Biomedical research institute




    The mode of action of artemisinines : Fédéric Ariey, MD-PhD. Institut Pasteur.






        Artemisinin-based combination therapies (ACTs) are the mainstay of treatment for P. falciparum malaria in Sub-Saharan Africa, but resistance to artemisinin has emerged on the Thai-Cambodian border and most probably in other sites independently and is now spreading to neighbouring countries areas. We recently identified the ‘K13-propeller’ as a key determinant of delayed parasitological clearance after artemisinin treatment, showing that single nucleotide polymorphisms (SNPs) in the gene are associated with resistance both in vitro and in vivo (1).
        Based on sequence homology, we modelled the 3D structure of the Kelch domain of the K13 gene that is directly involved in resistance to artemisinins and we think that the mutations destabilize the structure or alter surface charges and therefore the function this kelch domain. It should be noted the similarity of this gene with several human proteins, including KLHL1 and KLHL2, proteins involved in protein degradation (ubiquitin family) and KEAP1, involved in cellular adaptation to oxidative stress. As part of the response to artemisinin, which mainly depends on its antioxidant activity, the well-established role of these proteins in regulating the cytotoxic response protective after exposure to oxidative stress is particularly relevant. These data are put in parallel with studies showing the activation of the KEAP1/NFR2 response when using artesunate in models of oxidative diseases in mice, or in human cells in culture.
        The mode of action of artemisinins remains highly controversial. However, it is assumed that its activity is increased by haemoglobin digestion and iron release. However, we know neither the mode of penetration, nor the target, nor even how the parasite dies (probably by oxidative stress but then apoptosis, autophagy, others?).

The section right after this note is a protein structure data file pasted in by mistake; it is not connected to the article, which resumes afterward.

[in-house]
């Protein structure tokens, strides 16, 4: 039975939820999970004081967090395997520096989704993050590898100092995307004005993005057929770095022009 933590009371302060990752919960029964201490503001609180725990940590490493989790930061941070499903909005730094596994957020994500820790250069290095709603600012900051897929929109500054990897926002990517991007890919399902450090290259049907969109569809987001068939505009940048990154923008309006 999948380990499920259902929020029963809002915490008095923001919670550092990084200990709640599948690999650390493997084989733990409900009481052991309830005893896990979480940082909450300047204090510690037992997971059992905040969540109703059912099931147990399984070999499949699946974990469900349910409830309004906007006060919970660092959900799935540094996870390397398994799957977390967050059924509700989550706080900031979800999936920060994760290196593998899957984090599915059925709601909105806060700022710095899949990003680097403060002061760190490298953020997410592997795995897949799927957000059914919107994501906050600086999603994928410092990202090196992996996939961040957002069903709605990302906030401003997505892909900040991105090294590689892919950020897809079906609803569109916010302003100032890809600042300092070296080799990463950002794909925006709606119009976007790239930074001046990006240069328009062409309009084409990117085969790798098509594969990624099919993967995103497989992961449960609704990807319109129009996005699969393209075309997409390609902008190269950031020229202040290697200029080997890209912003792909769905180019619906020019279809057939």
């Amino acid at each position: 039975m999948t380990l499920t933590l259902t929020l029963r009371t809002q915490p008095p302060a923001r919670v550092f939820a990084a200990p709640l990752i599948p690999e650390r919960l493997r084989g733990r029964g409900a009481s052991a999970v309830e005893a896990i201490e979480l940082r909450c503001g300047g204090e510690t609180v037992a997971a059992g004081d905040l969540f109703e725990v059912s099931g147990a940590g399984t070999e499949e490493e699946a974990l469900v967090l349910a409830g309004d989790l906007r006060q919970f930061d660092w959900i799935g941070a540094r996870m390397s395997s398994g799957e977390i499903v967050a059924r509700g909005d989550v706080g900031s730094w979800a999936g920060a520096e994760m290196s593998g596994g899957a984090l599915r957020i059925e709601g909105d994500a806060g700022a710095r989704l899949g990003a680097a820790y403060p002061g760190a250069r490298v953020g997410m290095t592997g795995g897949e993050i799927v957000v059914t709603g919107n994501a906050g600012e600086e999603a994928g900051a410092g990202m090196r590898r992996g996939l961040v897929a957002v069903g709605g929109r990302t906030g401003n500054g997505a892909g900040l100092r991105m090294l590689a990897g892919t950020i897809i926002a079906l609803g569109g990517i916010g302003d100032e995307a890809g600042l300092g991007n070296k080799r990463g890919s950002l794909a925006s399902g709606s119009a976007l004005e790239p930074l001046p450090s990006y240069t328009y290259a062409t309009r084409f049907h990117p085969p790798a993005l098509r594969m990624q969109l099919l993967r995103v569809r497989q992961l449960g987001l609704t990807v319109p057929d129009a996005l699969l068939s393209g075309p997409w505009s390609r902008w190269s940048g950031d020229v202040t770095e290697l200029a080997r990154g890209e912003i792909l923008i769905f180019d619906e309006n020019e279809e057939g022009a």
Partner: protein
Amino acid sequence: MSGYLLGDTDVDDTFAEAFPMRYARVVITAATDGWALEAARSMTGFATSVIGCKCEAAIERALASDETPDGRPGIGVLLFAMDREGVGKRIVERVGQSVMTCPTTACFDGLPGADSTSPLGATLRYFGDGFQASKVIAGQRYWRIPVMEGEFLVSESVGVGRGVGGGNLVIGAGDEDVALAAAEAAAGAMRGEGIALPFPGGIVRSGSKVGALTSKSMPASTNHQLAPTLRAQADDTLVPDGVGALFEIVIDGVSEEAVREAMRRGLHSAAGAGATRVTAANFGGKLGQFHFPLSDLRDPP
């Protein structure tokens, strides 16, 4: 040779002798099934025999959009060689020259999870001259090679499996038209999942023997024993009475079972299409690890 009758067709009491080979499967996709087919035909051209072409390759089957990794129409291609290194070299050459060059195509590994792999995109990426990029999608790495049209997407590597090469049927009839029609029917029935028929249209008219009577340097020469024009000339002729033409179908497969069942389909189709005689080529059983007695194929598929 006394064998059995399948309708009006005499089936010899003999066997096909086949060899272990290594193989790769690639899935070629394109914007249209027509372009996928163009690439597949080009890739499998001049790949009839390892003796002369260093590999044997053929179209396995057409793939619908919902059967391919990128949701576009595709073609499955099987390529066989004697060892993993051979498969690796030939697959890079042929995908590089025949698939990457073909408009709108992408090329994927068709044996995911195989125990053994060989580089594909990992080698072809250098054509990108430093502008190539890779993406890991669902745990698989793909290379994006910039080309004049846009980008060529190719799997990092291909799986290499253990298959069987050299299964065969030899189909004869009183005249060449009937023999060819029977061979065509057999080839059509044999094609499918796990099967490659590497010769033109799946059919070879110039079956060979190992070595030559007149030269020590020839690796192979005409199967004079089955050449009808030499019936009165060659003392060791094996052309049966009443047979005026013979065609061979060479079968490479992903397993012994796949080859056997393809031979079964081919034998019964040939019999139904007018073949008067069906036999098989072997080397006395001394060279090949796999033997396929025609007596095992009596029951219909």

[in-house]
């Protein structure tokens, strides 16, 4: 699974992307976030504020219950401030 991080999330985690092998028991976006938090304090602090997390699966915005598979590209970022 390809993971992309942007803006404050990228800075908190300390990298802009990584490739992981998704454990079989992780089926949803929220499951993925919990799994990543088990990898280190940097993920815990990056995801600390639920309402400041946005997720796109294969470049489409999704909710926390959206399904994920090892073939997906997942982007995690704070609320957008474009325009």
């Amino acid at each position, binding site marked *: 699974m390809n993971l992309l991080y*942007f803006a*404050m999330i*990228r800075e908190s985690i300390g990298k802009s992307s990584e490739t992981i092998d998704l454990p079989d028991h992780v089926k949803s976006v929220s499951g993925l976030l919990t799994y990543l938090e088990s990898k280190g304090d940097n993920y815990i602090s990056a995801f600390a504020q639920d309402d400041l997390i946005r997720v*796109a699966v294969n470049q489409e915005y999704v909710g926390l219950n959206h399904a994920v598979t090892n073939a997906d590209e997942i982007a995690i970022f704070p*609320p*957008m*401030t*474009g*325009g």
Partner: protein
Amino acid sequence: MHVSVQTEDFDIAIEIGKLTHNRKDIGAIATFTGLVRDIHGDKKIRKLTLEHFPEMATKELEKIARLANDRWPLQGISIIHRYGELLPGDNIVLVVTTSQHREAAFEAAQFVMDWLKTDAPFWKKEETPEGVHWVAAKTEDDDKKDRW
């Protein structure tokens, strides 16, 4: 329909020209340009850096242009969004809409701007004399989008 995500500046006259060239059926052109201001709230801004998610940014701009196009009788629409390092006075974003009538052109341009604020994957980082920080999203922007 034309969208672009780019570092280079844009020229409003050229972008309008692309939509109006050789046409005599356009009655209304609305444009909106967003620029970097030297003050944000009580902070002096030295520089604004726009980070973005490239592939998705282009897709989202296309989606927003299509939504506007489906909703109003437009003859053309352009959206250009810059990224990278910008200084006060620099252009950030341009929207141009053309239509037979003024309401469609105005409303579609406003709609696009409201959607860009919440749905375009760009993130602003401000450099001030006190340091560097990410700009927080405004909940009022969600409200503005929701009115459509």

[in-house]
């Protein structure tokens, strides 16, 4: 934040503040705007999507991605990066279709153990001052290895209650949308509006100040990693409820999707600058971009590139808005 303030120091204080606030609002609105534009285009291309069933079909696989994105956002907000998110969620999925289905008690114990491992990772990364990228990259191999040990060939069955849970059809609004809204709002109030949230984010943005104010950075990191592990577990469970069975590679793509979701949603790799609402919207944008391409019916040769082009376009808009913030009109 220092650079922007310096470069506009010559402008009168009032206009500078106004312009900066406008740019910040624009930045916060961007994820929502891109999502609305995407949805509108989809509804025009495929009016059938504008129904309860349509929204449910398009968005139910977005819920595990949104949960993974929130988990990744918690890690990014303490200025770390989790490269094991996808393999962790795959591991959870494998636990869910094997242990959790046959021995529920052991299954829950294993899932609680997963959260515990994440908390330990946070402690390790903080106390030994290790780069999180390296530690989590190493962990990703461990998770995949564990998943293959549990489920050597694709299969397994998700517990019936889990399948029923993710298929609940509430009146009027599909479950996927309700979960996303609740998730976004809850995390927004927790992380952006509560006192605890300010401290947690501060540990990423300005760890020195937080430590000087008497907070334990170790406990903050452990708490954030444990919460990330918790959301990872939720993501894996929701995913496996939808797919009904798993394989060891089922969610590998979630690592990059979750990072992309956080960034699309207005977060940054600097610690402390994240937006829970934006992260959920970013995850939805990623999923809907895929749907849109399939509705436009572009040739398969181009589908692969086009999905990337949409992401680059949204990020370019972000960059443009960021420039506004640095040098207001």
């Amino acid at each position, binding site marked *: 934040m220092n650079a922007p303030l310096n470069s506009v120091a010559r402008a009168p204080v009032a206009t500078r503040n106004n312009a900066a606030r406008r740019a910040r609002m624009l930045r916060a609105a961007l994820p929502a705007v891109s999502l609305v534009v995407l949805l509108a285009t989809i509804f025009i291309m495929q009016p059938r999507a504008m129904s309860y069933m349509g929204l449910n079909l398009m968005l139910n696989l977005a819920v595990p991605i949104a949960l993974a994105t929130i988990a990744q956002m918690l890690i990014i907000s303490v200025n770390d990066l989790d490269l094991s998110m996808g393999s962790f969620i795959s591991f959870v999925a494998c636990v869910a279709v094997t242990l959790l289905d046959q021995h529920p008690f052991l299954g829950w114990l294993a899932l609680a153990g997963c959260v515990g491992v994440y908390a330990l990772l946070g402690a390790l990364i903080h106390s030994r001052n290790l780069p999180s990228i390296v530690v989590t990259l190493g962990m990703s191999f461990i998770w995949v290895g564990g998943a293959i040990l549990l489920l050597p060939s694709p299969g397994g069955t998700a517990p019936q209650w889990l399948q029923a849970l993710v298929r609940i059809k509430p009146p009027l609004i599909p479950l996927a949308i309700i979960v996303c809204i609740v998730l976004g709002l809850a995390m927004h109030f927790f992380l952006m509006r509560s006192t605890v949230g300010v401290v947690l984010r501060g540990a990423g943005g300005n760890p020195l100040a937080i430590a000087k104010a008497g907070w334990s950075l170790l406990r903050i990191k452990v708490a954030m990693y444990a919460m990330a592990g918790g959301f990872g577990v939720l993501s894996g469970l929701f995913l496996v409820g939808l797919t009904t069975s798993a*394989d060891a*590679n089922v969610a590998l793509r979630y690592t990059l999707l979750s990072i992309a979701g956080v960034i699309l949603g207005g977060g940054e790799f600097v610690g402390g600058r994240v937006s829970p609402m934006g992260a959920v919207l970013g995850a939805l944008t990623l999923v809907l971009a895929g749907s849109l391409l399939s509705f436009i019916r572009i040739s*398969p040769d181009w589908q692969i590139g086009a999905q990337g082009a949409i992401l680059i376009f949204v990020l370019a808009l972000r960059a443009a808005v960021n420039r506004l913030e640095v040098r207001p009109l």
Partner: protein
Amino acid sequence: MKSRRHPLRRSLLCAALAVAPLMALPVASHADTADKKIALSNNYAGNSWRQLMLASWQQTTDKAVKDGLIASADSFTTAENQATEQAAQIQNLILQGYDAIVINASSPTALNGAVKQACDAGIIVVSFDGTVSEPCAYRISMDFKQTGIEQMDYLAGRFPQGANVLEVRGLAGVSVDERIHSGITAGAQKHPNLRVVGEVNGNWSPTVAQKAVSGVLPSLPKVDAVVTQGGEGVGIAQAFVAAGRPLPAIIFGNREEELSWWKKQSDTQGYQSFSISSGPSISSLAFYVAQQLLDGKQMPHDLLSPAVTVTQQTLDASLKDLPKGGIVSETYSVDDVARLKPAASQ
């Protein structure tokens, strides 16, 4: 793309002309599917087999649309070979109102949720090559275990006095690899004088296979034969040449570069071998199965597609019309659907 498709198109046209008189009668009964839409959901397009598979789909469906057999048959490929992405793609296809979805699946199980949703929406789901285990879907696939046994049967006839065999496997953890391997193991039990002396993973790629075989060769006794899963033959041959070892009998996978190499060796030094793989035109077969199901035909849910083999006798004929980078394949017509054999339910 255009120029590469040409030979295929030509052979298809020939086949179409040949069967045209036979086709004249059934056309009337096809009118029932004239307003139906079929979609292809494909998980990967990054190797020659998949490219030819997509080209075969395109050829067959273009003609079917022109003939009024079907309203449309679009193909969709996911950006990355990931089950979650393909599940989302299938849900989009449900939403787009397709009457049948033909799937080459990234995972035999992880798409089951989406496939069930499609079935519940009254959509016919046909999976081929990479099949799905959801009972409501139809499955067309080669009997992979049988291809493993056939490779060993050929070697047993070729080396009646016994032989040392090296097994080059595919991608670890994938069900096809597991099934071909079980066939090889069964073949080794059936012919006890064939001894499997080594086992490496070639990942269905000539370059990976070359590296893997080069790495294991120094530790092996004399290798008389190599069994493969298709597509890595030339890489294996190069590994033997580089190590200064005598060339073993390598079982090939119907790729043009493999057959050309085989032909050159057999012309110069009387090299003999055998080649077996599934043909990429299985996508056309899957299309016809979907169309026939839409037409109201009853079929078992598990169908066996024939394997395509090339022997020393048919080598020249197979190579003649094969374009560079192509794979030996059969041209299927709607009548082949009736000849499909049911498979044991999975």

Our project will be built on our expertise in exploring metabolic pathways of P. falciparum to understand the response of the parasite to oxidative stress induced by artemisinins by analysis coupled transcritpome / metabolome / lipidome and functional explorations of oxidative level of red blood cells.
    In parallel we will explore the consequences of treatment with artesunate of other apicomplexans (Theileria & Toxoplasma) and human cells in culture to assess the involvement of KEAP1/NRF2 regulation in the mode of action of artemisinins.

        Finally, through a comparison between wild type and mutant parasites, we will explore the mechanisms behind the death of P. falciparum induced by artemisinins (apoptosis, autophagy , ..) and try to propose new avenues of research for identification of new drug target candidates.

    1) A molecular marker of artemisinin-resistant Plasmodium falciparum malaria.
    Ariey F, Witkowski B, Amaratunga C, Beghain J, Langlois AC, Khim N, Kim S, Duru V, Bouchier C, Ma L, Lim P, Leang R, Duong S, Sreng S, Suon S, Chuor CM, Bout DM, Ménard S, Rogers WO, Genton B, Fandeur T, Miotto O, Ringwald P, Le Bras J, Berry A, Barale JC, Fairhurst RM, Benoit-Vical F, Mercereau-Puijalon O, Ménard D.
    Nature. 2014 Jan 2;505(7481):50-5.



     Dirk Werling

    Molecular Immunology Group, 

    Department of Pathology and Pathogen Biology, 

    Royal Veterinary College, Hawkshead Lane, Hatfield AL9 7TA, UK.


    Amitabha Mukhopadhyay

    National Institute of Immunology,
    Aruna asaf Ali Marg,
    New Delhi 110067